Track six: “Push me Around In A Pushchair” – a lovely deep bass and guitar supports Fiona reminiscing of early memories, when someone else was accountable and responsible for her well-being. Yes, adult life can become so complicated and basically unfair to our inner child. Reverting to yesteryear and the sanctuary of innocence and the dissipating of adult stresses. What a glorious reminder to us all that we need to take timeout, recharge. Yes, mini-breaks are GOOD!
Track seven: “Looking at my to do list” – As an independent, multi-award winning jazz artist, editor-in-chief, journalist and founder of the award-winning Women in Jazz Media organisation. Let alone her leadership role in a topflight education company. Fiona Ross’s “To Do List” must be bigger and longer than the ocean liner the QE2! Fiona shares some of the multi challenges she faces in her life, and her self-doubts of being good enough for all of us. Well-thank you Fiona, you’re more than good enough.
Track eight: “The Best Version of Me” – is very much a follow on from the previous track and Fiona’s self-reflective questioning on still seeking to ask if she is giving the best version of herself. The sassy saxophone, rhythm guitar, snare drumming, and backing vocals all go to compliment Fiona, singing of her nagging doubts we might also have, especially when under a heavy load, and overwhelmed. In the last verse Fiona sings –“But I wonder if it’s me? Am I doing something wrong? Please someone tell me”. Yes, we all need genuine support and mentoring sometimes.
Track nine: “The Trumpet Man” – firstly, Dave Boa plays his trumpet on this track, with excitement and meaningful energy. Fiona gives us a glimpse into a one-on-one verbal conversation she’s had. Re-living its memory in song. An Intoxicating conversation between singer and trumpet – for me, some echoes of Dave Stewart & Candy Dulfer’s – Lily was here.
Track ten: “Look what you’ve become” – Fiona knocks it out of the ballpark. A simple yet glorious celebration song of a loving parent expressing her love for her sons. Suddenly, becoming a parent for the first time can be extremely daunting. The most important job in the world and nobody gives you a user manual! Despite all the growing pains and opposites of elated joy, the overriding constant is our love, pride, and unfailing commitment we offer as those little tiny bundles grow into an amazing people. .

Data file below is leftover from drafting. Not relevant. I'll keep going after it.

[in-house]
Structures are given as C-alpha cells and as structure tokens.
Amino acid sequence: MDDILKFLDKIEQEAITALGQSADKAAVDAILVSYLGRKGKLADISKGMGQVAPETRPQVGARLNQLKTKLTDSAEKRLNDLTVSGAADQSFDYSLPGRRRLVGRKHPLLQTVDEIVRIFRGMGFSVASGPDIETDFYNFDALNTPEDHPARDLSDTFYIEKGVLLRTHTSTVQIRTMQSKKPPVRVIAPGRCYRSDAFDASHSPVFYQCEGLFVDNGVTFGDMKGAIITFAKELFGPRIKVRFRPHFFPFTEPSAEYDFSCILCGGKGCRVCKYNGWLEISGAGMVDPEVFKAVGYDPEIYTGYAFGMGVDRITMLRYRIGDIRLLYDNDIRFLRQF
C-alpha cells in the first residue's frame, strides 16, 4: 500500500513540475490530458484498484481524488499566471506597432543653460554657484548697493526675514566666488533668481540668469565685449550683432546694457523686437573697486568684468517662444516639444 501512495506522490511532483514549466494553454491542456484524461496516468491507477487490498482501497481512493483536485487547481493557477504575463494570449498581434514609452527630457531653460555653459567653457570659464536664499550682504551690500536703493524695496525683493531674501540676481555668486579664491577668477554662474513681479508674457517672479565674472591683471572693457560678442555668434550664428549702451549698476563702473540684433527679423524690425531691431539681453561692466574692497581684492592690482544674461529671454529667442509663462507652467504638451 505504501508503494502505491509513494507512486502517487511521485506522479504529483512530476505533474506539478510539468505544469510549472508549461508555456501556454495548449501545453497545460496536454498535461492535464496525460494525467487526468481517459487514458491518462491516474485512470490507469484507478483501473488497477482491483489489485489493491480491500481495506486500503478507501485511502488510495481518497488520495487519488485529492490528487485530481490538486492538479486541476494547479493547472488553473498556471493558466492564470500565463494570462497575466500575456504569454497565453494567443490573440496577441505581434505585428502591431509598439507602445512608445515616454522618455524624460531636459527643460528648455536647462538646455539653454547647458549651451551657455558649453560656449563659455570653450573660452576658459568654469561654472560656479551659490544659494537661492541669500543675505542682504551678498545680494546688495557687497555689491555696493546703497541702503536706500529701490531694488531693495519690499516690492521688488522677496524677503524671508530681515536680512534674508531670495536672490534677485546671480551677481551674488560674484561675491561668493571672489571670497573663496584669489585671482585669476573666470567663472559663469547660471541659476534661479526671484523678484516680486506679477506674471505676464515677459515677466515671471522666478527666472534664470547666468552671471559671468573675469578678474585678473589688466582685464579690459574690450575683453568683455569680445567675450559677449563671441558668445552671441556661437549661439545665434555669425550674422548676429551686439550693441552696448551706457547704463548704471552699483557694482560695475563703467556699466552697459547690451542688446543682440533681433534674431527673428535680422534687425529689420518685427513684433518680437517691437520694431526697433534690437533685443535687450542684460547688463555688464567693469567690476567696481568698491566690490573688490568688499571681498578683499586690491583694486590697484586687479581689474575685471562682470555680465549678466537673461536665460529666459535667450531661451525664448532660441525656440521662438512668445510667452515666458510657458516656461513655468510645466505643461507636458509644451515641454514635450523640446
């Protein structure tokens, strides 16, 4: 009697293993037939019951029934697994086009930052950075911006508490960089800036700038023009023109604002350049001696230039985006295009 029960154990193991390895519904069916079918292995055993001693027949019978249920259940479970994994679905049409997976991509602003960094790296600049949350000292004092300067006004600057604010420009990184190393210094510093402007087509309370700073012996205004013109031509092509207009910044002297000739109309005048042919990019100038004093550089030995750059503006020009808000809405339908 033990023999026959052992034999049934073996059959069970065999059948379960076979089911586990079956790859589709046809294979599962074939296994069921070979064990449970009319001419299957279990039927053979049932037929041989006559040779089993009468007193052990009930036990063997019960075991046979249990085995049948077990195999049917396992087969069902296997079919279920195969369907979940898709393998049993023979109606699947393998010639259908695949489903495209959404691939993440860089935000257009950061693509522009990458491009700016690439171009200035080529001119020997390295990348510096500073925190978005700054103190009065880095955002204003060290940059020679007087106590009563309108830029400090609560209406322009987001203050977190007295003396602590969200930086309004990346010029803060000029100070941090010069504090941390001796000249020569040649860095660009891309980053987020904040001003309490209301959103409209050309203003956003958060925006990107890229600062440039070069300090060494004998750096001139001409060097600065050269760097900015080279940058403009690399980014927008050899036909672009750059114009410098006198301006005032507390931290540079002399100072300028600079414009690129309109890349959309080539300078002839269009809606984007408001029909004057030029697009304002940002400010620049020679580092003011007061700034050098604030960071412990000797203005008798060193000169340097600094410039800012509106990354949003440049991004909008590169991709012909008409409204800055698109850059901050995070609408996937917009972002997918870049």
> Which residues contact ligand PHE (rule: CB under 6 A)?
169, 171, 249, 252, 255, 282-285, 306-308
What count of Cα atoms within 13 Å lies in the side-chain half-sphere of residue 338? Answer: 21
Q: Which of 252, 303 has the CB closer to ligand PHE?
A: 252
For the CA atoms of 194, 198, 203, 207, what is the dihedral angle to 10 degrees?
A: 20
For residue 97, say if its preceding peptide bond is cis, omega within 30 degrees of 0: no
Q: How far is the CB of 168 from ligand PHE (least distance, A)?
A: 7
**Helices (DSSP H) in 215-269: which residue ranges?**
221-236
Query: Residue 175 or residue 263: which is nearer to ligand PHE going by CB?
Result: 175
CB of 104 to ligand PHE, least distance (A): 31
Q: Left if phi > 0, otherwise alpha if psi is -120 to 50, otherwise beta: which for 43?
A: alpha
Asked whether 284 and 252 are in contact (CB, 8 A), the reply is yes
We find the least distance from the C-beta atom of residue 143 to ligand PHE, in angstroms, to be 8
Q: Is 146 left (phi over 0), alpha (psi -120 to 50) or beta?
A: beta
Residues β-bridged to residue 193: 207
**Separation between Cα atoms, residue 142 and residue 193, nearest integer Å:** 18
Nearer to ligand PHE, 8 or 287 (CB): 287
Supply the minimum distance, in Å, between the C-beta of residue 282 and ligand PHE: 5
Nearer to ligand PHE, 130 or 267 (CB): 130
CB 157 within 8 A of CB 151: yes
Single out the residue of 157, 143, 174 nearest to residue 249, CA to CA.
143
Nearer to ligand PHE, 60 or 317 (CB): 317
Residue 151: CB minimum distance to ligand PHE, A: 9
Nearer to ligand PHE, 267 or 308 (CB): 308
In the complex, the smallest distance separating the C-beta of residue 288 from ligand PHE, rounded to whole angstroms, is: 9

Track eleven: “Always There For me” – I absolutely love this song. You can’t choose your family, but you can choose your friends who can become a genuine family for you as well. A vital support structure, not one of those fair-weather friends we have all experienced. No…it’s about people you can trust and count on. Fiona shouts from the roof-tops, telling you her band is a close knit family who she can count on. Listen to her lyrics as she names them individual and they respond in kind with their instrument. Wonderful to have this level of trust and camaraderie among band members.
Track twelve: “Positive Things” – The title speaks to the struggle people can have in hind-sight reflection. The human condition in relationships can be so diametrically opposed, even though you had the best of intention. Fiona courageously hits us with a piano solo and gentle backing as she recounts her understanding and yearns for this person. Hoping that at some point in that persons life they experience “Positive Things”. I said earlier that Fiona has an uncanny ability to courageously send arrows of emotional flight that softly penetrate.
Track thirteen: “The Don’t Stop Just Breathe Ragtime” – This track wraps up the lyrical journey for this album with Fiona Ross. A very expressively clever up-beat piece of music coupled to a well lived and honed lyrical mantra. If there is one overriding thing I know about Fiona is her unwavering zest for life and all its lessons, as she constantly looks for a silver-lining lessons on her own life’s journey. Fully aware of the need to stay grounded while still allowing her creative well-spring to come forth so that you and I can appreciate her, yet Fiona would honestly tell all of us that without the strong loving bonds of all her band members and friends helping to manifest this album into tangible artwork, it just would not have happened. I am sure it will be as well received as Fiona’s previous 6 albums.
Track fourteen: “Thursday Thoughts” – (instrument) – Fascinating track, for me, I experience a blend of a two-tone Ryuichi Sakamoto, firstly the fast-paced slightly frenetic piano keys hammering a solo that morphs into that same piano playing a complimentary role to a lovely late-night melodic Jazz club electric guitar solo. Then the switch-back occurs once again with the transition expressed by drum cymbals. It’s like you just had 20 cups of coffee then stop for a quick rest treating yourself to a slice of key-lime pie, then “oh shoot is that the time must get on!”
Gibbi Bettini, guitar | Derek Daley, bass | Marley Drummond, drums | Loren Hignell, saxophone and flute | Dave Boa, trumpet | Ashaine White, backing vocals | Warren Woodcraft, percussion | Guest appearance on “Push me around in A Pushchair”: Nancy Richardson.
Recorded at Studio XYZ by Gibbi Bettini | Mixed at Highfield Studio by Elliot Richardson and Warren Woodcraft | Mastered by Nick Watson at Fluid Mastering
Front Cover photo by Monika S Jakubowska taken at Jazz Cafe Posk, London | Artwork by Chris Cunningham | Photos by Ron Milsom and Tatiana Gorilovsky | Liner notes by Jordannah Elizabeth |
This Album review header photo by Steven Tiller
Last modified: June 12, 2023